There are some types of cuzcoensis this definately applies to. KK242 for example looks a lot like a + from birds view. But there also are many other types that dont show that feature so you cant make a general rule out of it. But its actually better than nothing for people who have difficulties keeping them apart.

Edited by Evil Genius

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Correct me if I'm wrong... but wouldn't cactus in question have to have 8 ribs to look like a plus sign when viewed from overhead?

Some of my cuzcos (one was sold as KK242 but who knows really!) have 6 and 7 ribs, so they don't look like a plus when viewed from above.

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Yeah its not actually a real plus in many cases because of the fluctuation in rib count but i guess i know what he´s trying to say. The Rib shape on many Cuzcoensis is a lot more sharp edged than in some other San Pedros and in combination with the defined structure of the ribs, it can look like a plus sign sometimes. But its far from being reliable.

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Thanks for clarifying! I'll have to take some overhead pics of my trichs to checkout their differences rib structure side by side :wink:

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Really great pereskiopsis graft! where can i find quality easy to follow info on how to succeed at that? im ready to graft about 20 Tricho seedlings !

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watertrade has a video or youtube. Most important thing is sharp scalpels and a humidity chamber.

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check out this thread... http://www.shaman-australis.com/forum/index.php?showtopic=31705

*NOTE the thing with peres is the scions used are generally VERY small, young and easy to 'crush', to the MAJOR thing is to ensure you "DRAG or SLIDE" and NOT "PUSH or CRUSH" the blade through the scion. I slowly slide from one side of the blade through until i feel it very slightly cutting into my finger.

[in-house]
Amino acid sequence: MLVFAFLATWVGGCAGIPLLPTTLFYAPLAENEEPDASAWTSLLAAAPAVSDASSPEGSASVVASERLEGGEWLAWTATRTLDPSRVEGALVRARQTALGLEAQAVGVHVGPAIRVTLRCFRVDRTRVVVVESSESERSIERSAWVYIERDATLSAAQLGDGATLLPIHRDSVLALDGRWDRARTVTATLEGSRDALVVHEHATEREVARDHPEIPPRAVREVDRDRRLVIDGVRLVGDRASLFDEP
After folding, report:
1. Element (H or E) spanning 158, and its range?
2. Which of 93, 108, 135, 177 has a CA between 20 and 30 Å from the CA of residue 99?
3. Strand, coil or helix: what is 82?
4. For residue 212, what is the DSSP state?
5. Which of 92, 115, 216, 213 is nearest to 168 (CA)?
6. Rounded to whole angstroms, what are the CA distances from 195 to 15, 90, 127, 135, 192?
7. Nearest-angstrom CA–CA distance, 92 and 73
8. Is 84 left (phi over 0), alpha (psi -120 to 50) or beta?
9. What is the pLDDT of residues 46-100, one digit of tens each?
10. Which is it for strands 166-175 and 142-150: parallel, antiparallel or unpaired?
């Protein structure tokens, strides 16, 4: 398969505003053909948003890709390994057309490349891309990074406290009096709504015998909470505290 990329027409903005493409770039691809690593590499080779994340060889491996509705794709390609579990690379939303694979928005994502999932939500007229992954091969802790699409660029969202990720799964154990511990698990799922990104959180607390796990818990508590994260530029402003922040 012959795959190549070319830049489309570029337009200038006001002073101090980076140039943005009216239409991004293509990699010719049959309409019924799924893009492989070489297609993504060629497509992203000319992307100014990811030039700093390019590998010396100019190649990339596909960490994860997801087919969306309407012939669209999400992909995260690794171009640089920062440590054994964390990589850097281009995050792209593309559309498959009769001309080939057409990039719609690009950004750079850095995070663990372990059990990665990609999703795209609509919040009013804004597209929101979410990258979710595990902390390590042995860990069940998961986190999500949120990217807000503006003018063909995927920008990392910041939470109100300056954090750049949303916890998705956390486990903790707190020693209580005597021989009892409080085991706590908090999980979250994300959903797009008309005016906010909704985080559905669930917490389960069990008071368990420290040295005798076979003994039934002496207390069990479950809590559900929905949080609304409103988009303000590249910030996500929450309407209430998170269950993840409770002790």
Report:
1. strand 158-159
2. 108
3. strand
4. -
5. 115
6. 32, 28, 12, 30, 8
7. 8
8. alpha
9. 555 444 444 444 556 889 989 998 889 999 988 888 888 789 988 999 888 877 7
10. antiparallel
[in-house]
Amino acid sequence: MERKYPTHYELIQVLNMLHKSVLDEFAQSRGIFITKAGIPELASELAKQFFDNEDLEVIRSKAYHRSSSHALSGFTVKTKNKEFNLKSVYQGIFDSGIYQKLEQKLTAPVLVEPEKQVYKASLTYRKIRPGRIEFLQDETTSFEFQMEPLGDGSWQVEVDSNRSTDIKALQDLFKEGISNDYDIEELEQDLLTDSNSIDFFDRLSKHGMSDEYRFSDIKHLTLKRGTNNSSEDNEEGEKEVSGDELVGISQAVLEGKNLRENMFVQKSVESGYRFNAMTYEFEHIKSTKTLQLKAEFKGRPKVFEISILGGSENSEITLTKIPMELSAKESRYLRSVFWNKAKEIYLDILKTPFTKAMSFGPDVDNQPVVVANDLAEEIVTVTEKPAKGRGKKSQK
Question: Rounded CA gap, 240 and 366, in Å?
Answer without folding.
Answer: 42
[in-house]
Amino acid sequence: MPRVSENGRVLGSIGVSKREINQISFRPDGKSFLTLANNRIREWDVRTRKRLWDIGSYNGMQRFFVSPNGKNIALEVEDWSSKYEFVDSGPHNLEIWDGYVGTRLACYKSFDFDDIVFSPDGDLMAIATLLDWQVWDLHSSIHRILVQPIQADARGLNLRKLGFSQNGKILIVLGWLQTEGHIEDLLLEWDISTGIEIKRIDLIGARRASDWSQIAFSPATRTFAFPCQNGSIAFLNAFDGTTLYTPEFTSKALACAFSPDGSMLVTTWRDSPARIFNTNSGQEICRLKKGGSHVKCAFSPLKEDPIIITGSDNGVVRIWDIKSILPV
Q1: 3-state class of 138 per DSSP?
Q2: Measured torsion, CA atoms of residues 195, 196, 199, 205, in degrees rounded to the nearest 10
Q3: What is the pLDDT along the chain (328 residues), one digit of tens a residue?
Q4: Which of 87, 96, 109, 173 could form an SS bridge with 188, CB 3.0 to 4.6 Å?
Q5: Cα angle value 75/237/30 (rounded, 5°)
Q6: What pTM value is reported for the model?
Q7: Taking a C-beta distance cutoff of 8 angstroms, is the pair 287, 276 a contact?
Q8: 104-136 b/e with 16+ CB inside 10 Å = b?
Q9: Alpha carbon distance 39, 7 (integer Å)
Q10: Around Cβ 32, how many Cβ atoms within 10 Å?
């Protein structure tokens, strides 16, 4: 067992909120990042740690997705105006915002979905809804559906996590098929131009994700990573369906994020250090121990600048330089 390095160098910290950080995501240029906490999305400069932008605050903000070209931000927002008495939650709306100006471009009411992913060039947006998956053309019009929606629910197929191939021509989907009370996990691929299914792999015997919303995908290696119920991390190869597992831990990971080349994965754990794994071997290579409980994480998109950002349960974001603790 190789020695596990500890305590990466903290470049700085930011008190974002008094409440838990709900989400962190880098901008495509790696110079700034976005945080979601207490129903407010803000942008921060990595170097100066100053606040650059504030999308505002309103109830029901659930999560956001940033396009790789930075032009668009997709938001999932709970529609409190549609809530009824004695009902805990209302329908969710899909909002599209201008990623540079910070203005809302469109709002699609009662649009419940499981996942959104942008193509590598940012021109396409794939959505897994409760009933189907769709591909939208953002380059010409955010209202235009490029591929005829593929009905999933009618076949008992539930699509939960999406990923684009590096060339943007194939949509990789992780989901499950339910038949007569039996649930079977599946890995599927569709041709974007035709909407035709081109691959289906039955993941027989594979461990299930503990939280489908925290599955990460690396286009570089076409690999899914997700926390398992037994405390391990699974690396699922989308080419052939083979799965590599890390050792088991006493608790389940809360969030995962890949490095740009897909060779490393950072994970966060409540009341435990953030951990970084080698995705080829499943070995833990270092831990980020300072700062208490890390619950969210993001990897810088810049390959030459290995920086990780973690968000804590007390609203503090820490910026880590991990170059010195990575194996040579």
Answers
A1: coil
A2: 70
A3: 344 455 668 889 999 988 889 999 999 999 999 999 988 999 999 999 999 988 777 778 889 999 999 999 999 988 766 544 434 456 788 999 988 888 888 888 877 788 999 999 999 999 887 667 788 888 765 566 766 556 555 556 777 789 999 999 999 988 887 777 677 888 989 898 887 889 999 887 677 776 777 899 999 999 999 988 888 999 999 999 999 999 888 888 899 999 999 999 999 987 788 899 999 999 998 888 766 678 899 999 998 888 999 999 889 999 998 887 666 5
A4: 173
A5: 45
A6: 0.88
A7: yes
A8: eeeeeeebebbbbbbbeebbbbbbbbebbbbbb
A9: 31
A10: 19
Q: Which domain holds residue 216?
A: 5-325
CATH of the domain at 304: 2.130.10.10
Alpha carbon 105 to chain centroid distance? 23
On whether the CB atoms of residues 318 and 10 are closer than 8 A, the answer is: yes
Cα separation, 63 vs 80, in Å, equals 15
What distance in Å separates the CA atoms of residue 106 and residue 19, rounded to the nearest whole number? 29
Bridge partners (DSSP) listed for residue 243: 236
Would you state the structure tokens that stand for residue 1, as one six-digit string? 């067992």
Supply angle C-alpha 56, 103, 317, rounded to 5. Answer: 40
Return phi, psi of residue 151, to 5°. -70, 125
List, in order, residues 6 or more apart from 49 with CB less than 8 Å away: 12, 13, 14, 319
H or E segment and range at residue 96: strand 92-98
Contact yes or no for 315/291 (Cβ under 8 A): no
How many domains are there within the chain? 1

I have ALWAYS sterilized my tools, and attribute the 3 failures to the hygiene of the environment or tools, as i have had the same species that failed, also succeed.

I clean the blade, cut the peres, then cut a tiny piece to sit on top without cleaning in between, then clean, then cut scion, remove top piece of pereskopsis, sit scion off-centered on top and apply minimal downward pressure whilst making the union.

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Most important thing is sharp scalpels and a humidity chamber.

yeah a proper knife is essential.

humidity chamber is not really so important [especially since I dont bother with sterilisation of tools and stuff,

but it really depends on how dry is the climate. for me a shady place with no drafts of air works fine.

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to me, doesn't have the notches, but also isn't as amber spine as the actives?

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Heres an update of plant 1 its growing really fast and has thrown a pup too. I'm thinking still Cuzco sorry the pics have dodgy light.